Yeppers, while Donkey Kong Country may look like kid stuff to the untrained eye, but this is a classic Nintendo platformer requiring pinpoint controls and timing with little room for error. Sure, they were kind enough to give Donkey Kong a few hearts to allow more than a single hit, but that’s really the only difficulty concession allowed in this 1995 throwback. Later levels and bosses will have you pulling hair out of your head, screeching obscenities, and possibly even causing your eyes to explode into a waterfall of tears. Thankfully, it’s all in good fun. That’s just the type of emotional trauma old school gamers had to face whenever they picked up a controller. Sure there’s a mode that will play through levels for you if you die too many times, but that’s for the weak! The particularly hardcore can also go for 100% completion for hard to find items and blisteringly difficult speed rounds. To anyone who has the time or energy to explore such things, I salute you!
One of the game’s biggest draws are the oh-so pretty visuals that Retro whipped up. The general design in simple and cartoony, but playfully and amusingly so. Every inch is packed with detail and characters, with some levels designed to be particularly beautiful (a sunset level cast in silhouette springs instantly to mind) and each level only seems to get more creative as it goes on. Even when playing this sucker on the Wii with the 3DS only a beautiful dream of the future, I had a feeling it was designed with this little handheld in mind. Considering that this is a 2D platformer, there’s an amazing amount of depth. Barrel blasts and mine cart chases frequently play out over two planes of action, villains often fling stuff from deep in the background, and enemies will fly towards the screen when killed. It was all fun on the Wii, but on the 3DS it literally pops off the screen and adds even more “oooo-ahhhh!” joy to the experience. The controls have also been changed slightly to drop the motion element that irritated many gamers on the Wii version. Now everything is button based and admittedly a little easier, although I never really disliked the motion controls. On top of that there’s a new game mode offering extra health hearts and items to make things slightly easier (but it won’t help you near the end…trust me). Plus, in a spirit of extreme generosity, Nintendo/Retro even whipped up eight all-new unlockable levels that are just as fun and pretty as you’d hope.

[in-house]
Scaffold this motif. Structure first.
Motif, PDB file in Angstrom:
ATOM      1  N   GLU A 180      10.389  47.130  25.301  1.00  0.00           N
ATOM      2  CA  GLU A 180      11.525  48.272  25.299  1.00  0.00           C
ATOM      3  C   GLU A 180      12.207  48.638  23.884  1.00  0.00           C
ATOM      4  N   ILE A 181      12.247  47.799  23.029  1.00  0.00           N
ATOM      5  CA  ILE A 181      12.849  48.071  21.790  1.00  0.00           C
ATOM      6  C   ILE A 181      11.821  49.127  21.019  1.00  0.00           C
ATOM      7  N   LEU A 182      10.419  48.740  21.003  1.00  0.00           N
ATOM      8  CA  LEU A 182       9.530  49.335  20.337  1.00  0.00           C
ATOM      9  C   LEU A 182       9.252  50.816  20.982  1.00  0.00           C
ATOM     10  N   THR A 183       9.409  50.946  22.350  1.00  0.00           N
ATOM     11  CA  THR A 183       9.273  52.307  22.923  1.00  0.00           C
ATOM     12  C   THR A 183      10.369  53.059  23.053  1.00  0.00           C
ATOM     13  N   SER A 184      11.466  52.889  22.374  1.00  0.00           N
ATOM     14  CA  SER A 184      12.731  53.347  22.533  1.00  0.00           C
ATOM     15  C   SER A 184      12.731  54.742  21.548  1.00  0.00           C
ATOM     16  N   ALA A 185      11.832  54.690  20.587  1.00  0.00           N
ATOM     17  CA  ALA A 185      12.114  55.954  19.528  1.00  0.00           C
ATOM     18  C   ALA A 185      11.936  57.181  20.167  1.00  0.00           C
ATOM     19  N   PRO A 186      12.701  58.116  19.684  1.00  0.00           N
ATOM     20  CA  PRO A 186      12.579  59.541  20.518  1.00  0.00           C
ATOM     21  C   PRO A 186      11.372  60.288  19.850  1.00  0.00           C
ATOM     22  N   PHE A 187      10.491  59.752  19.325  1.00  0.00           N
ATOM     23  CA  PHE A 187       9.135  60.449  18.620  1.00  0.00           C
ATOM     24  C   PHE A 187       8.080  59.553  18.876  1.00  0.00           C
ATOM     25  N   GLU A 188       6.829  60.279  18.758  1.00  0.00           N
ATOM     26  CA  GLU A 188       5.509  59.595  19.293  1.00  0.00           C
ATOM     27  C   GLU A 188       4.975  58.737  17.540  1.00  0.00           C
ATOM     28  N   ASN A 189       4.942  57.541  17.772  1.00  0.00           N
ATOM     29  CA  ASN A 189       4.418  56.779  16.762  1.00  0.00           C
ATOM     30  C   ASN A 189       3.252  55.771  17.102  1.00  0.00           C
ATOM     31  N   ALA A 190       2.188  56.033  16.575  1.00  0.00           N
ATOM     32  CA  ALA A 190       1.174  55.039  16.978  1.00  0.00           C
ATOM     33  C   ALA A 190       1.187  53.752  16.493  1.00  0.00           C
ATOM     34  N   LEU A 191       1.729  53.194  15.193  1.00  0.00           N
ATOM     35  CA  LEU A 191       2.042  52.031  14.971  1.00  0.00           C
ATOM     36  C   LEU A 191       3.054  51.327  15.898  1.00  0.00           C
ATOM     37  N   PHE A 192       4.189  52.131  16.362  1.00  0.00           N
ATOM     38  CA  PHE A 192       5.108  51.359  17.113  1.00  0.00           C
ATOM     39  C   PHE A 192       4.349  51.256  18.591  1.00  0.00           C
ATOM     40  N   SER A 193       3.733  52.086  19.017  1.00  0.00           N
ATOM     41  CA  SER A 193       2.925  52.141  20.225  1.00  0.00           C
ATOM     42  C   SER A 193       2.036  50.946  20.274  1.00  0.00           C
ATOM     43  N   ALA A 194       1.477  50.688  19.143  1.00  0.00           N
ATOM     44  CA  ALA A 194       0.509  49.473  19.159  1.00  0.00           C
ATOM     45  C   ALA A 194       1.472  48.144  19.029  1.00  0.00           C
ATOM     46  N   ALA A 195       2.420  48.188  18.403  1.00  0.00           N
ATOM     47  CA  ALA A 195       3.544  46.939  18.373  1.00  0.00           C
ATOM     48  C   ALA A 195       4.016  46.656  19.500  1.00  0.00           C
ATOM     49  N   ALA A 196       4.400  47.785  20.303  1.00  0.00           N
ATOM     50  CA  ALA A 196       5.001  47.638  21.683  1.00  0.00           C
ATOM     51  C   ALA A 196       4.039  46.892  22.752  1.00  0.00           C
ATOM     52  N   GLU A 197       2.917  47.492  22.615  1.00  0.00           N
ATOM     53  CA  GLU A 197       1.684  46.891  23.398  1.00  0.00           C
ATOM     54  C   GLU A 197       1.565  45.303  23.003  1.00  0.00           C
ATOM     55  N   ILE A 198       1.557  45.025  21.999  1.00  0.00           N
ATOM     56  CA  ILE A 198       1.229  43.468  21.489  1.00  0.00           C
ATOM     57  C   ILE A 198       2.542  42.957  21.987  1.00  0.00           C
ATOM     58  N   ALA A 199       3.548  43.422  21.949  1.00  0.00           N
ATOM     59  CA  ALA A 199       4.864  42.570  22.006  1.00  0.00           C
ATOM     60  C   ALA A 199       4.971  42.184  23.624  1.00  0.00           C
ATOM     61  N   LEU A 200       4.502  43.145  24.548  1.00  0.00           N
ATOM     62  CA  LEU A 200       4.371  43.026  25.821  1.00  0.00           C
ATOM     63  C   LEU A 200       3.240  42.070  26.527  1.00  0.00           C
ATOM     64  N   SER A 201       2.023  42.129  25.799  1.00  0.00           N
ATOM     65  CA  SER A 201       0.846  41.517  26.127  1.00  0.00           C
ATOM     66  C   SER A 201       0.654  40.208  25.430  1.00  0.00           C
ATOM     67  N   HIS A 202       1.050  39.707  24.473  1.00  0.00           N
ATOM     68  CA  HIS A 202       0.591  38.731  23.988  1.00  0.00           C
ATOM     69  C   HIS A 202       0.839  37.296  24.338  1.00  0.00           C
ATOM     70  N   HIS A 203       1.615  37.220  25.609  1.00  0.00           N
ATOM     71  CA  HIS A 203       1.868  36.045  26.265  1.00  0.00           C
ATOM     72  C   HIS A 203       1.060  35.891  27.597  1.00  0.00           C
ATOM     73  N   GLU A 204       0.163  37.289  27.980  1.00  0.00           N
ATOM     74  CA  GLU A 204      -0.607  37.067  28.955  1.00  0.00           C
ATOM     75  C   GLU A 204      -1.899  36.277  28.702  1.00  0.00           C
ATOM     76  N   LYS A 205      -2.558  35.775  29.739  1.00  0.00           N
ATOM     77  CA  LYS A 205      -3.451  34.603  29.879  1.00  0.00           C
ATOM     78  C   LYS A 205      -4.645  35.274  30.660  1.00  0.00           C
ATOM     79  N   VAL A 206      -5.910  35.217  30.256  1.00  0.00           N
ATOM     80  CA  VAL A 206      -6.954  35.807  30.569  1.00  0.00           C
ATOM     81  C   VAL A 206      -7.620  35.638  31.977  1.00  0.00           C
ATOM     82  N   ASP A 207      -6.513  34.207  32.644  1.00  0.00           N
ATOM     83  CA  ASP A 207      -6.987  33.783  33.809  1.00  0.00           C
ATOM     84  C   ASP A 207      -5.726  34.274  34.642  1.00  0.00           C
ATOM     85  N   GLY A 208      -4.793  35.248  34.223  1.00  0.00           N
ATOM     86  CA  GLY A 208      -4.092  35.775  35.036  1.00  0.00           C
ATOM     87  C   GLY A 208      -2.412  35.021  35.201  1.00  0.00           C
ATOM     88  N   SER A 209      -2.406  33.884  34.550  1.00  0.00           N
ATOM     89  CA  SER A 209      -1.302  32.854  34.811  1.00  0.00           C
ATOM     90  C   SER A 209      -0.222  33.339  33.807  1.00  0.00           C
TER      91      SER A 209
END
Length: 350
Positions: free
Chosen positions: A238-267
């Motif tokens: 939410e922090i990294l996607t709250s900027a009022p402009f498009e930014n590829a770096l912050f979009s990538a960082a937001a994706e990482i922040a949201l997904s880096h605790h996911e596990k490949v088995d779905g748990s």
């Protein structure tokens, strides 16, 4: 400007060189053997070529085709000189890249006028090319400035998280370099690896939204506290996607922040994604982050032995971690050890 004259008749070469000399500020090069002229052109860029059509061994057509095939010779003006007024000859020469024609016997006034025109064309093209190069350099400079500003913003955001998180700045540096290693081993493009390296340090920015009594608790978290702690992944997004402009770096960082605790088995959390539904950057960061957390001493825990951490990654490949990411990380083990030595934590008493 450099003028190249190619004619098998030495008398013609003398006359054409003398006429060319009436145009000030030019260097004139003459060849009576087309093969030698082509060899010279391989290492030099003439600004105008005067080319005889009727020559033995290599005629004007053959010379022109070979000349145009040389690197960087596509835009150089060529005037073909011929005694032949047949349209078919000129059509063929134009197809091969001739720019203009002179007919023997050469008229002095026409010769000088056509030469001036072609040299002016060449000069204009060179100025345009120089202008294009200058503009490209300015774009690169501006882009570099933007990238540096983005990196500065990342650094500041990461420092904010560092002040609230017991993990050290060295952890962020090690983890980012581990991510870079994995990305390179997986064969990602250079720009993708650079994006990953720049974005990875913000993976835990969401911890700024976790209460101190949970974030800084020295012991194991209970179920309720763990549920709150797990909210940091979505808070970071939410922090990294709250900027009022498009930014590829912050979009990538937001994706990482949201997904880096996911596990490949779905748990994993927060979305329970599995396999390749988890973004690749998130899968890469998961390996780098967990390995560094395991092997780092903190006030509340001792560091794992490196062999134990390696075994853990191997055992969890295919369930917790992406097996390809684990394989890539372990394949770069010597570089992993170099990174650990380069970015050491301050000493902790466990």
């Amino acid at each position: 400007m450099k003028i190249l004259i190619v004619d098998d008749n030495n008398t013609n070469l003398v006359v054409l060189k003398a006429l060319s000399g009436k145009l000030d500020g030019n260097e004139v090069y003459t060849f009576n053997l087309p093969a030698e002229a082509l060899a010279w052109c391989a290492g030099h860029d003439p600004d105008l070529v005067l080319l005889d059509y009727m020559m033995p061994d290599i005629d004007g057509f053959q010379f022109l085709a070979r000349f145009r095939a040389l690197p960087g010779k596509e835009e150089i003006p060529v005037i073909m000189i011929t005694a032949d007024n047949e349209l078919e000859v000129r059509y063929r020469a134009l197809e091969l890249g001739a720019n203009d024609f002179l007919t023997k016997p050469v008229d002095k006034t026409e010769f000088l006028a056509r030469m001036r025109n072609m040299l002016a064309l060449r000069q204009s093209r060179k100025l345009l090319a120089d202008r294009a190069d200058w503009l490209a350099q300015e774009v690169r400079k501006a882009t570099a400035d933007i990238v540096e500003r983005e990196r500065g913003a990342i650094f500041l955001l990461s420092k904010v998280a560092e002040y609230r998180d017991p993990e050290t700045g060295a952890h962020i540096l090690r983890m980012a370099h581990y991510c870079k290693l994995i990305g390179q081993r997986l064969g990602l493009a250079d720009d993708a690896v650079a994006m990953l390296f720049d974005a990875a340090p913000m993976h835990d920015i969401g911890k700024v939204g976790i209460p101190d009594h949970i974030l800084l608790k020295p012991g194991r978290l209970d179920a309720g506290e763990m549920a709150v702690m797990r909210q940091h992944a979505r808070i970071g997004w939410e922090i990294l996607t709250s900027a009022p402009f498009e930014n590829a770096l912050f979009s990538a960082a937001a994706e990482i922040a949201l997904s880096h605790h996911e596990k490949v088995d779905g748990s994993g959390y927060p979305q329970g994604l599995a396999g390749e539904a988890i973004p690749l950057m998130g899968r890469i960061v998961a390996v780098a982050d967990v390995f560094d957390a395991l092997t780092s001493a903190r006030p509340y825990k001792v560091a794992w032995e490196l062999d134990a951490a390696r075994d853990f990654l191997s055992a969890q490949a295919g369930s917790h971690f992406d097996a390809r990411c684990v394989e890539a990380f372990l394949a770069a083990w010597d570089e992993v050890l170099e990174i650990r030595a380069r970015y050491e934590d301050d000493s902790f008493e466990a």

Donkey Kong Country Returns was always one of the finest 2D throwback games released during the Wii era and playing through it again on the 3DS proves that the game hasn’t gotten any less enjoyable over the last three years. The added levels, decreased difficulty mode, and simplified controls should make this the version of choice for many gamers while the surprisingly effective 3D facelift offers eye-tingling icing on the cake. If you’re a fan of old school games and consider punishing difficultly to be just as vital a component of that genre and addictive playability, then this just might be the perfect game for you. Sure, there isn’t exactly an engrossing story or characters who have even two detentions to their personality, but there was a time when gamers cared not for such things. With Donkey Kong Country Returns Nintendo and Retro brought back that mid-90s gaming experience one more time and it was so damn good that hopefully everyone involved has plans for a sequel. This thing is simply too good to stand alone and the second round through in 3D and on-the-go was just as enjoyable as the first time I was hypnotized by Donkey Kong Country Returns while tethered to my TV. I’ll take some more of this please Nintendo and I’ll take it now, if you don’t mind.